CHAPTER 34 of History of von Schatt (1913-1960)
On the Saturday morning of Labor Day weekend 1955, Walter, now six and having graduated sucking tobacco pouches to smoking Winston cigarettes, set out for the stationery store to pick up a pack of smokes and the latest issue of Swing Shift, when he spotted, in front of the alley between Dan’s Foods and The Law Office of Saul Rosenblatt, Esq., a boy and a girl sitting on the concrete, between them a wooden crate with “FREE KITTENS” written on its side in black crayon.
After purchasing his rations in the dingy store and emerging into the brilliant morning sunlight, he headed over.
Four of the kittens ignored him and continued playing among themselves. The fifth, trying to shrink behind the scrum, had terror in her big yellow-green eyes—
“I’ll take that one,” Walter said.
The boy, holding open a Dan’s Foods brown paper grocery bag emblazoned with the store’s “crown logo” in Pamplona red, felt a chill when the scary kid reached into the crate and snatched the kitten by her scruff, then dropped her in the bag—
“What will you name her?” the girl asked.
“What’s your name?” Walter asked.
“Then I’ll name her Sally.”
The girl smiled.
Walter brought Sally the kitten into the garage workshop and locked the door. He placed the bag on the workbench and watched the rumples in the brown paper move around for a couple of minutes, then unrolled the top and pulled her out by the scruff. He held her in front of his face, watching the initial glimmer of hope in her big kitty eyes morph into feline terror. She started thrashing and managed to scratch his arm, which he liked, but his grip was too firm for any chance at escape. He cupped his free hand around her throat and squeezed until her body went limp.
An hour later, all that remained were parts, the legs and head sawed off with a hacksaw, the body skinned with a Norwegian scaling knife, and the innards wadded into four old cloth diapers placed neatly in the grocery bag. He would put the head and fur in the shoebox under his bed with the other heads and furs, the latter he used when humping the mattress.
After the workshop was clean and his new pieces packed away under his bed, he headed out, grocery bag in hand, down Hendrickson and across the asterisk intersection, from where he could see the boy and girl still sitting in the shopping center with their crate. He turned right down South Franklin, then made a slight left onto Lakeview Avenue, heading east for half-mile until arriving at the Tanglewood Preserve—seventeen acres of nature habitat with a large pond stocked with goldfish that, in winter, was a popular ice skating spot. The place was also crawling with lizards wreaking havoc on the local ecosystem, this being three years after the big pet shop truck crash on Peninsula Boulevard that killed the bourbon-soaked driver and allowed the lizards imported from Florida to escape into the preserve, where they adapted to the harsh Northeast winters by retreating to the tunnel far below that few humans knew of, the Quoguepequacock Passage, a subterranean thoroughfare used by the ancients that ran the length of Long Island from Gowanus to Montauk, then continued beneath the ocean floor to the northern edge of the Sohm Abyssal Plain and the Way of the Grand Banks Arrow. The few humans who did know of this passage treated them with respect during encounters down there, which none of the humans on the surface had ever done.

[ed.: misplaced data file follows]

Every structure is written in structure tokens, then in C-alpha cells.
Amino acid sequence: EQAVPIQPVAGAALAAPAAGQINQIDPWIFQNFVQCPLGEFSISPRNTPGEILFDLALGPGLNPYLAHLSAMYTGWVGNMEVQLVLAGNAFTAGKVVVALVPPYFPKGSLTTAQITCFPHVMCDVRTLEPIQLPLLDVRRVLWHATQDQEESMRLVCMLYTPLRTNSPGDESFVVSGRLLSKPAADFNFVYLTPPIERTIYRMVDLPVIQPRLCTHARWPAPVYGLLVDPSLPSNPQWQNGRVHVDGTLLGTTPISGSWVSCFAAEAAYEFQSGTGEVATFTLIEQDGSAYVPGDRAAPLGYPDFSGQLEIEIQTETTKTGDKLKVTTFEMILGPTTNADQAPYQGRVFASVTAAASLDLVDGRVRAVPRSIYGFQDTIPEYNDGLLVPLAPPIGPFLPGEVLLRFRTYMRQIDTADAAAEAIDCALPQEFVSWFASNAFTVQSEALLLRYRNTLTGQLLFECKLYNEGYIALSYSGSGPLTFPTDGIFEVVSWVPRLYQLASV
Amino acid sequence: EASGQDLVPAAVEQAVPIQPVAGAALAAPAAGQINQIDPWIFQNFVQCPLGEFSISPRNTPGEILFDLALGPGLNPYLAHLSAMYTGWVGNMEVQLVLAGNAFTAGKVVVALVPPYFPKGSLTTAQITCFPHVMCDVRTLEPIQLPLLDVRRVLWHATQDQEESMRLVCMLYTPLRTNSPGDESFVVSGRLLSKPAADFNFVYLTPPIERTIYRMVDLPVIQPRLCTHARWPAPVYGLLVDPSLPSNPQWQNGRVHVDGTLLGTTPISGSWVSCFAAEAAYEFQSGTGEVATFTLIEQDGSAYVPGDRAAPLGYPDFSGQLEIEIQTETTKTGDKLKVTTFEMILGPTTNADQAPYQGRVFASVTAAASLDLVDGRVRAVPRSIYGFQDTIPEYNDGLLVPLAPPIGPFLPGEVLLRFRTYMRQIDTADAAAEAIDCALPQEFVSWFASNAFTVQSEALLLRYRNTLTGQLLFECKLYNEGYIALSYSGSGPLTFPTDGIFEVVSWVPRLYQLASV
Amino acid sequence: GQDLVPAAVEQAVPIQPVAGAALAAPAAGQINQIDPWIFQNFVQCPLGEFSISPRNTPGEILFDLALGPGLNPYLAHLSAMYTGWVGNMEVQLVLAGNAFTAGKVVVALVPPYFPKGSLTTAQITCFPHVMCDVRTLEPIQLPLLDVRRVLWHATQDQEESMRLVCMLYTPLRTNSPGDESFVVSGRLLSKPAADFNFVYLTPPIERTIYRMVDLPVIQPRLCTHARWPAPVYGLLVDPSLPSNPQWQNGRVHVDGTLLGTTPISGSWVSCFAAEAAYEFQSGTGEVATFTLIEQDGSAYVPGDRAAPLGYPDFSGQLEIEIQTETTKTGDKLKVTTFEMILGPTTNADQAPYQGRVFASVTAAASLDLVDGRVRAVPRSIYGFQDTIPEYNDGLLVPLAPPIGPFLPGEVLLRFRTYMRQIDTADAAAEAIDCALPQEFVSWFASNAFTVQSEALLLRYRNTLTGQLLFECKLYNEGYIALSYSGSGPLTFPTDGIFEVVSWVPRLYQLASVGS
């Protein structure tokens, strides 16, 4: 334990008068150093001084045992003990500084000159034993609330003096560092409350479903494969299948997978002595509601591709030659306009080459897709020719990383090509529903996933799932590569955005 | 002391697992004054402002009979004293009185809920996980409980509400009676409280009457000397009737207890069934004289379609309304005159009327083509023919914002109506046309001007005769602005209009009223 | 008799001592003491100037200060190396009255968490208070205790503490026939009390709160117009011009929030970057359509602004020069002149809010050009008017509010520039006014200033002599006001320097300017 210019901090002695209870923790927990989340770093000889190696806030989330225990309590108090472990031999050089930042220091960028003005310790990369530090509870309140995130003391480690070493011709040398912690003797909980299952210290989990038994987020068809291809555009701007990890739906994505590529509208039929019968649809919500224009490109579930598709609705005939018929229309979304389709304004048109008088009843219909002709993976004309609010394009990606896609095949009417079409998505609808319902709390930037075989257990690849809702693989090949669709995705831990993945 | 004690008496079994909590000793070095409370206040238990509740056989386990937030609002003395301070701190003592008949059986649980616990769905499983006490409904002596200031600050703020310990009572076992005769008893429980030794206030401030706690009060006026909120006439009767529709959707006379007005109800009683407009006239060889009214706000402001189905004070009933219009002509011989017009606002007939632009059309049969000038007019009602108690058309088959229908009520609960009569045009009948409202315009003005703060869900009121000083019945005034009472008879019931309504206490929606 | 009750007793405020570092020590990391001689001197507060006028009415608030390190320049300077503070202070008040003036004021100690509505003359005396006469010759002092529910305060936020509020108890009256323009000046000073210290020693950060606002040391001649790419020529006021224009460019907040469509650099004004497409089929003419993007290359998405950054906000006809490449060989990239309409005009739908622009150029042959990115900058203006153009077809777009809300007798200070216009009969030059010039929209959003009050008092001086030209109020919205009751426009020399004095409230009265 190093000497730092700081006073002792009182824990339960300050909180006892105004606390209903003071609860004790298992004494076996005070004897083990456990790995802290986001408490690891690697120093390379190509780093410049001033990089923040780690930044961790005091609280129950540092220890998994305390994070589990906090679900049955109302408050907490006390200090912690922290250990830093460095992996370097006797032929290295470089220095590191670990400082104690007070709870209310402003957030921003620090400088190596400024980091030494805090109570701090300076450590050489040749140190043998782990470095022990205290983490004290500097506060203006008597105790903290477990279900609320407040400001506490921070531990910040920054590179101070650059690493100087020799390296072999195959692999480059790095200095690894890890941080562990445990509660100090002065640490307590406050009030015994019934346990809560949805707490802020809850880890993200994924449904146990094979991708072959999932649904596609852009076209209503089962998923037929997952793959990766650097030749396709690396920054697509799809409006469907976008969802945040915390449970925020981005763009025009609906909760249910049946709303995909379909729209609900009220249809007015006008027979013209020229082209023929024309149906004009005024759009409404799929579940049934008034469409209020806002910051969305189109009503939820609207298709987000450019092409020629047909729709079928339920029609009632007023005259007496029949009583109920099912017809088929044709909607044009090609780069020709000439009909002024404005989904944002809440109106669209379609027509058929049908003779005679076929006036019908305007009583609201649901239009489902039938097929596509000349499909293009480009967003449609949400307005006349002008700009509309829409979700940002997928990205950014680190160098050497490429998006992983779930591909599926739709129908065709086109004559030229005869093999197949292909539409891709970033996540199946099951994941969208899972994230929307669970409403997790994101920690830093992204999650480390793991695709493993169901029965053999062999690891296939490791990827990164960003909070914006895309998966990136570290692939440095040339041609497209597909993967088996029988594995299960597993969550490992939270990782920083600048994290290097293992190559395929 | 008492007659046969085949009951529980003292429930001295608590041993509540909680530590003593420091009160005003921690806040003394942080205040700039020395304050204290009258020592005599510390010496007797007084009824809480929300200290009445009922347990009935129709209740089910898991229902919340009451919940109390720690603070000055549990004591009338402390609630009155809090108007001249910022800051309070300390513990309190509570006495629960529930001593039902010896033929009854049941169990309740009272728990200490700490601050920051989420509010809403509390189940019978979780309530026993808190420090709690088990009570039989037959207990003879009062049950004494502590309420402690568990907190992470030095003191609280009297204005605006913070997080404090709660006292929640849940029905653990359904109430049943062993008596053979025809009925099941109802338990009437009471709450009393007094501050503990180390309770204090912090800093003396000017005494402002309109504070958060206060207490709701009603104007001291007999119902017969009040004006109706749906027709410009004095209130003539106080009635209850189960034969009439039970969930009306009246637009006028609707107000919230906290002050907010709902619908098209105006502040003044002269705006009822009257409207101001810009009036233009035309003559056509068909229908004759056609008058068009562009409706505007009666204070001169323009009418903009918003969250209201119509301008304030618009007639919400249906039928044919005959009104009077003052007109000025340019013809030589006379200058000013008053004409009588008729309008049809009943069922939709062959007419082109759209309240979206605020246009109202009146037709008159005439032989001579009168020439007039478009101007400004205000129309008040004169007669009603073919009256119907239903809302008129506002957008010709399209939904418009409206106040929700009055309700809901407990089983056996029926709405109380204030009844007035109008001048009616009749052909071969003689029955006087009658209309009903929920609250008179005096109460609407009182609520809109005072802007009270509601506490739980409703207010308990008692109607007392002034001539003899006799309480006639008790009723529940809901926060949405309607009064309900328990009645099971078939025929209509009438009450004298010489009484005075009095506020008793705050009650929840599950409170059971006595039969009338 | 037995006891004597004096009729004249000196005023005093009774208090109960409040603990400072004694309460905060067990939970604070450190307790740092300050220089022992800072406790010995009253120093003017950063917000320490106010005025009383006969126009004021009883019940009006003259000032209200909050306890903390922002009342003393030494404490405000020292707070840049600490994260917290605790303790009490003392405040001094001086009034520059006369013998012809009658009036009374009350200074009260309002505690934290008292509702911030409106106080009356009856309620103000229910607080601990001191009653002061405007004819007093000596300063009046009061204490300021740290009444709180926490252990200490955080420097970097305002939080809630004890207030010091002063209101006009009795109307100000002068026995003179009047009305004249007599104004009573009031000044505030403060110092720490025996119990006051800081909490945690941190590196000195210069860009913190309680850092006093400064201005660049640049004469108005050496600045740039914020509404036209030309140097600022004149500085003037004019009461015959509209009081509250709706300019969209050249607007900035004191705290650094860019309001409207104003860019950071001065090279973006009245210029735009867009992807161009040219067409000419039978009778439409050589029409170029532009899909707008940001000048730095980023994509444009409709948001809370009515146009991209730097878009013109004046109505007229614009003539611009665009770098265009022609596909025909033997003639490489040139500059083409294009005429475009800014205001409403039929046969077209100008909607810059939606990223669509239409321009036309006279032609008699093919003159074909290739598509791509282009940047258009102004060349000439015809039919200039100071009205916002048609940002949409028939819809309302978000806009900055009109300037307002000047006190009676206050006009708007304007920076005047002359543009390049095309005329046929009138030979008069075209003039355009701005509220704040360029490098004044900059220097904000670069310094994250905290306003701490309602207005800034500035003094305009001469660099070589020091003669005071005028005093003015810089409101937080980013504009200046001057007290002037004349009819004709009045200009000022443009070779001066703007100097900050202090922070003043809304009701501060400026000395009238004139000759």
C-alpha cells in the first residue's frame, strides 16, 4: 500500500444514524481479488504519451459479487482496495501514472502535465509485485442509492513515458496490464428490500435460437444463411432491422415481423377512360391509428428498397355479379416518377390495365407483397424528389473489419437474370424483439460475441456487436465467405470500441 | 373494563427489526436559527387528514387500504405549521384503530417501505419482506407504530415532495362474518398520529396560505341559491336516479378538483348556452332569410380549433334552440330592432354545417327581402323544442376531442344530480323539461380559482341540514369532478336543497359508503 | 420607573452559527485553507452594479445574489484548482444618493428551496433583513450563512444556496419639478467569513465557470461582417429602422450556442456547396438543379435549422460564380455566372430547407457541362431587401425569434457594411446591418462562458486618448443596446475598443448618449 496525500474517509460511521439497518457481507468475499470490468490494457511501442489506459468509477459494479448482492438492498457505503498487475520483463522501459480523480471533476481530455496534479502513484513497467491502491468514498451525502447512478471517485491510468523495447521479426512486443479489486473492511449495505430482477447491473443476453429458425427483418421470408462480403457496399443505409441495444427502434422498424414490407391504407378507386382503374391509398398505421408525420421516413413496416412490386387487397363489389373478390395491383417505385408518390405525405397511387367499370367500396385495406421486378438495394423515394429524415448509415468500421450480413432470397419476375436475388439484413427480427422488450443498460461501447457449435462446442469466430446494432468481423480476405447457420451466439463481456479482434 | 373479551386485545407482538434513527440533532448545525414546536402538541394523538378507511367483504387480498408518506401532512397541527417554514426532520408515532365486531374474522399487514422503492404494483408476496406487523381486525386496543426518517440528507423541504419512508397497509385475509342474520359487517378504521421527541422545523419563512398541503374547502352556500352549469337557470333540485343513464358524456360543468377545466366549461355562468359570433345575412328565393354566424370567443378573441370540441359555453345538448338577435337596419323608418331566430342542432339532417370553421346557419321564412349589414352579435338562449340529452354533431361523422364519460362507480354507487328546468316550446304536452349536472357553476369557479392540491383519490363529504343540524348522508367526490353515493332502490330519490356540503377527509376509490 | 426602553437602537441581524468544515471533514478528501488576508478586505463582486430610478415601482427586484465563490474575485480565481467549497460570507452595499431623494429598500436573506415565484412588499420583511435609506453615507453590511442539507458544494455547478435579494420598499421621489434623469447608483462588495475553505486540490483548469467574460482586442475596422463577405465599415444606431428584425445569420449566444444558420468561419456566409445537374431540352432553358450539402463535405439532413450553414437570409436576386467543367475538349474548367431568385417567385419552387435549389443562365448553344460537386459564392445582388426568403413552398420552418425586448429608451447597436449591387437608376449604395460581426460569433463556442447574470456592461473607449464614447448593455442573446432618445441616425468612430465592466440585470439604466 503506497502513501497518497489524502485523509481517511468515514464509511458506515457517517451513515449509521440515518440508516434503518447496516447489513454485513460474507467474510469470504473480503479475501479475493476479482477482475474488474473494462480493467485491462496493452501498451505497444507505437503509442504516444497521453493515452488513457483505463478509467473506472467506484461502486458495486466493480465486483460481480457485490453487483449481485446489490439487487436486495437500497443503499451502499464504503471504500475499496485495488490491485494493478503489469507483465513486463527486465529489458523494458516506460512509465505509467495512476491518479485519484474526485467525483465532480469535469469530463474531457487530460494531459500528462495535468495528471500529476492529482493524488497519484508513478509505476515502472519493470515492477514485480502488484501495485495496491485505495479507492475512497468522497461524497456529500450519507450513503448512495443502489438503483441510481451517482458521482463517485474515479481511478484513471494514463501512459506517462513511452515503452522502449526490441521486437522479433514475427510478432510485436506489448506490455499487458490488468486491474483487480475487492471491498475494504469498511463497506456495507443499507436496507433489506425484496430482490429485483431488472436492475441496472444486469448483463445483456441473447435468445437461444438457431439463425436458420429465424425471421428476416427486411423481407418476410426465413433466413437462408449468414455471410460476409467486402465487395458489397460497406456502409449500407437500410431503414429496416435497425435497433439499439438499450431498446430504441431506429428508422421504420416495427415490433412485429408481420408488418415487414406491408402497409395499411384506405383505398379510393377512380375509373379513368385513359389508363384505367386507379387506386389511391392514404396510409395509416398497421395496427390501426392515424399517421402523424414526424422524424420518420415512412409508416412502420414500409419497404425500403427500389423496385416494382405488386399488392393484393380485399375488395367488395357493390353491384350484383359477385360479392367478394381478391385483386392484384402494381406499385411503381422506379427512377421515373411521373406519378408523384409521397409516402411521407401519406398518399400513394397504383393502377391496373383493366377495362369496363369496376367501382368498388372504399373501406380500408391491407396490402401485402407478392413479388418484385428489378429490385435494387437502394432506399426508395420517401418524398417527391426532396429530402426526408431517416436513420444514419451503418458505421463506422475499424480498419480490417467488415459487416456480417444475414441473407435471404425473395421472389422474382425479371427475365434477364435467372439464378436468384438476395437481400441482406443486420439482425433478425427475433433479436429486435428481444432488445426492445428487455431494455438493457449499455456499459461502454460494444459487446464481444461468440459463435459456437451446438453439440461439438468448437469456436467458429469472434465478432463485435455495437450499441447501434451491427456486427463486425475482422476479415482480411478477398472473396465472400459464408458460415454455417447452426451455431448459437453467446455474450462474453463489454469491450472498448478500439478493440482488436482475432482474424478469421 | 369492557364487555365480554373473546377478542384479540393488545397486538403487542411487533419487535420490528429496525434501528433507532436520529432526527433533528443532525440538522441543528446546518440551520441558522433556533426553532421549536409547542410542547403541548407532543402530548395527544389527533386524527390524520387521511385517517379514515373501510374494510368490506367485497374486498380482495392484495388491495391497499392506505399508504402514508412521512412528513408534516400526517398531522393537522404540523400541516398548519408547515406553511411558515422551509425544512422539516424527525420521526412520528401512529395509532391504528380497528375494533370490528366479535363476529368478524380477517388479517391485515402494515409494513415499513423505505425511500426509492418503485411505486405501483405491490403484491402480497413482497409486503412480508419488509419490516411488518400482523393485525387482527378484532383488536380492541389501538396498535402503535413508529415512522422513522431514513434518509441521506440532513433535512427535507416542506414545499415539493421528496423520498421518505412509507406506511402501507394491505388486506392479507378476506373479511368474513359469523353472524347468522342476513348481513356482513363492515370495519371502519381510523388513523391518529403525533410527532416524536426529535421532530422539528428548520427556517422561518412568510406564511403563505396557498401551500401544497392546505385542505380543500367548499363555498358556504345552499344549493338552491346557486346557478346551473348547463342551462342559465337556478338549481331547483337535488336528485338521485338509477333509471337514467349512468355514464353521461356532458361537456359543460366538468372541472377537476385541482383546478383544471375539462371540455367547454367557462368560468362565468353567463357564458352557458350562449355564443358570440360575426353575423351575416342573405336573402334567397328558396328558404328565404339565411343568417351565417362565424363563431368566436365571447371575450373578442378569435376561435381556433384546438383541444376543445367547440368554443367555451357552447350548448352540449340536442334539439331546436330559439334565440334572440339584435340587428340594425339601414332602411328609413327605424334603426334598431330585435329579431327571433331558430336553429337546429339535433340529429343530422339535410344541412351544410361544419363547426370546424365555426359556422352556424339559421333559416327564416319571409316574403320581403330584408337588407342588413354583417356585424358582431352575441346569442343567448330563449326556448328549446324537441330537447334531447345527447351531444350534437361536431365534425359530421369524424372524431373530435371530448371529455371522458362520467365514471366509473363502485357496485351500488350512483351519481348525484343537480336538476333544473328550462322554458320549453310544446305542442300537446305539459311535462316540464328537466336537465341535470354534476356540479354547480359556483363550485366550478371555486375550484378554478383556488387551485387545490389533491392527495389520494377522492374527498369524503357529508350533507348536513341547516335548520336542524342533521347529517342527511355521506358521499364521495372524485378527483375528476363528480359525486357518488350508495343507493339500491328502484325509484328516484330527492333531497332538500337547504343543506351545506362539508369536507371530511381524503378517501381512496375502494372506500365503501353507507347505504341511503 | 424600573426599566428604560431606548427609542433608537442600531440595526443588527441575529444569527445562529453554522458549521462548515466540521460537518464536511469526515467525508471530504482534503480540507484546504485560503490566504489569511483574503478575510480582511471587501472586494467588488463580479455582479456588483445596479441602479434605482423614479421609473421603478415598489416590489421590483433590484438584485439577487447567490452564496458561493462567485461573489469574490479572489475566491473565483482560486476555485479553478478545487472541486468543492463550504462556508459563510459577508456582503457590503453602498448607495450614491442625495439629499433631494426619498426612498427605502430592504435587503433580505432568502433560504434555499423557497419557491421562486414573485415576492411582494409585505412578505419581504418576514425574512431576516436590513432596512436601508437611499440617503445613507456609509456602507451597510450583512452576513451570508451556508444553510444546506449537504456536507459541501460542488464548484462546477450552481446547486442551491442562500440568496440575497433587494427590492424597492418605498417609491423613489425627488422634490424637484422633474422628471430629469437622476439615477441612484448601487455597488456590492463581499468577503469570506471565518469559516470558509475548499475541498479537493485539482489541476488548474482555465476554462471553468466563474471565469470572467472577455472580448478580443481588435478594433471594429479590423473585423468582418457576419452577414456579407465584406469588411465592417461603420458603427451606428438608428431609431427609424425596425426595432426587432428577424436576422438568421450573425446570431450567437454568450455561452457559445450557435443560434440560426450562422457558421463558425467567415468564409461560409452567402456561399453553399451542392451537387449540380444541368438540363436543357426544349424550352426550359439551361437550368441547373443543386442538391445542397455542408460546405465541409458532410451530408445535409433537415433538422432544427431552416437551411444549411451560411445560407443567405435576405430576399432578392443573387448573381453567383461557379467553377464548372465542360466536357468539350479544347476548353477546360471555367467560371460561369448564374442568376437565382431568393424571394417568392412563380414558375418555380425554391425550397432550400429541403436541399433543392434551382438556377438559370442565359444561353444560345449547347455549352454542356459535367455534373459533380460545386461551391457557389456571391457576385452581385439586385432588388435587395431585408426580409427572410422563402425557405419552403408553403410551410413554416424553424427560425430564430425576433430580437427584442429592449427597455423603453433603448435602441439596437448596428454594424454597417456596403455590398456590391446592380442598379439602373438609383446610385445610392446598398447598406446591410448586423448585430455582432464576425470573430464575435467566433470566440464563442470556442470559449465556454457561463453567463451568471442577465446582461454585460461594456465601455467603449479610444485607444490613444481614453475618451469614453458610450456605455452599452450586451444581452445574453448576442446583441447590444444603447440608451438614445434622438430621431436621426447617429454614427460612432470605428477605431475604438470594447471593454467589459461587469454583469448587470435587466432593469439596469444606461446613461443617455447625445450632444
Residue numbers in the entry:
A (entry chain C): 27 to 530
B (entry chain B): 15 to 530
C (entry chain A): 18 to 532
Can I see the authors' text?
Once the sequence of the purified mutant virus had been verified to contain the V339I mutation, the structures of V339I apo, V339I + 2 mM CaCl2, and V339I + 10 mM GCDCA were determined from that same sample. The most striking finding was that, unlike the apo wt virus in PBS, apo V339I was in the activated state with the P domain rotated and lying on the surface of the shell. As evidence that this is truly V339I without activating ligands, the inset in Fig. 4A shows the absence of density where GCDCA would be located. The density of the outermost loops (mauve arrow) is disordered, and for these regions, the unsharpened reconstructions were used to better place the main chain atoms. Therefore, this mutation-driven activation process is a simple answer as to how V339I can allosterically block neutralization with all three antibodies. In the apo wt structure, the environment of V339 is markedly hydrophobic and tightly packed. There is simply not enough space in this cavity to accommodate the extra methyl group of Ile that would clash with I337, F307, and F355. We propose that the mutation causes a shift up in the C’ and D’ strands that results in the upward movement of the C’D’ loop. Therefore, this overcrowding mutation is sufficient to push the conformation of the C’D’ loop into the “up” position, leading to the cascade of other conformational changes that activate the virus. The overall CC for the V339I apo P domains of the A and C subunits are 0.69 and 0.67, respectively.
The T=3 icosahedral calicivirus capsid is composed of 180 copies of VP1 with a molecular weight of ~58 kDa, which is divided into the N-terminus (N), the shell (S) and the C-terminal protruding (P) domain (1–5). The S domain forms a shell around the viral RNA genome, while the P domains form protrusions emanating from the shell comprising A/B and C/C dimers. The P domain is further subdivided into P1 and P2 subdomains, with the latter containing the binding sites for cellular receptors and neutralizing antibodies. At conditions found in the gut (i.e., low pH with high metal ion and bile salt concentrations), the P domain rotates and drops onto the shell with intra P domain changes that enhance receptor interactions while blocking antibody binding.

He followed the asphalt walkway through the crowded recreation area facing the pond, where children were feeding ducks and their parents sat on benches smoking. A group of four boys had sliced the tail off a lizard and were now trying to burn the creature alive with a tiny magnifying glass from a box of Cracker Jack, but stopped and ran back to their mothers when they saw him approaching. The walkway eventually curved away from the pond, and he turned onto a footpath that led back towards the water through a patch of woods. He stopped at a secluded spot on the bank obstructed from view in all directions by a small island in the middle of the pond overgrown with bushes and vines.
After removing his socks and shoes and rolling up his pant cuffs, he waded into the warm, late-summer water up to his knees, where the bottom was covered with hand-sized rocks partially buried in the muck. Reaching down into the water, he moved several of the rocks, clearing a spot where he scooped out a hole. He went back to shore and retrieved the wadded diapers, then waded back in and placed them in the underwater hole as neatly as they had been in the grocery bag. He refilled the hole with muck and placed the rocks back on top, almost exactly as they had been. From the shore, socks and shoes back on feet, he took a moment to admire the scene, which showed no signs of disturbance. He went home and humped his new fur, his brief gratification even shorter than last time, followed by a long, aching boredom— ▪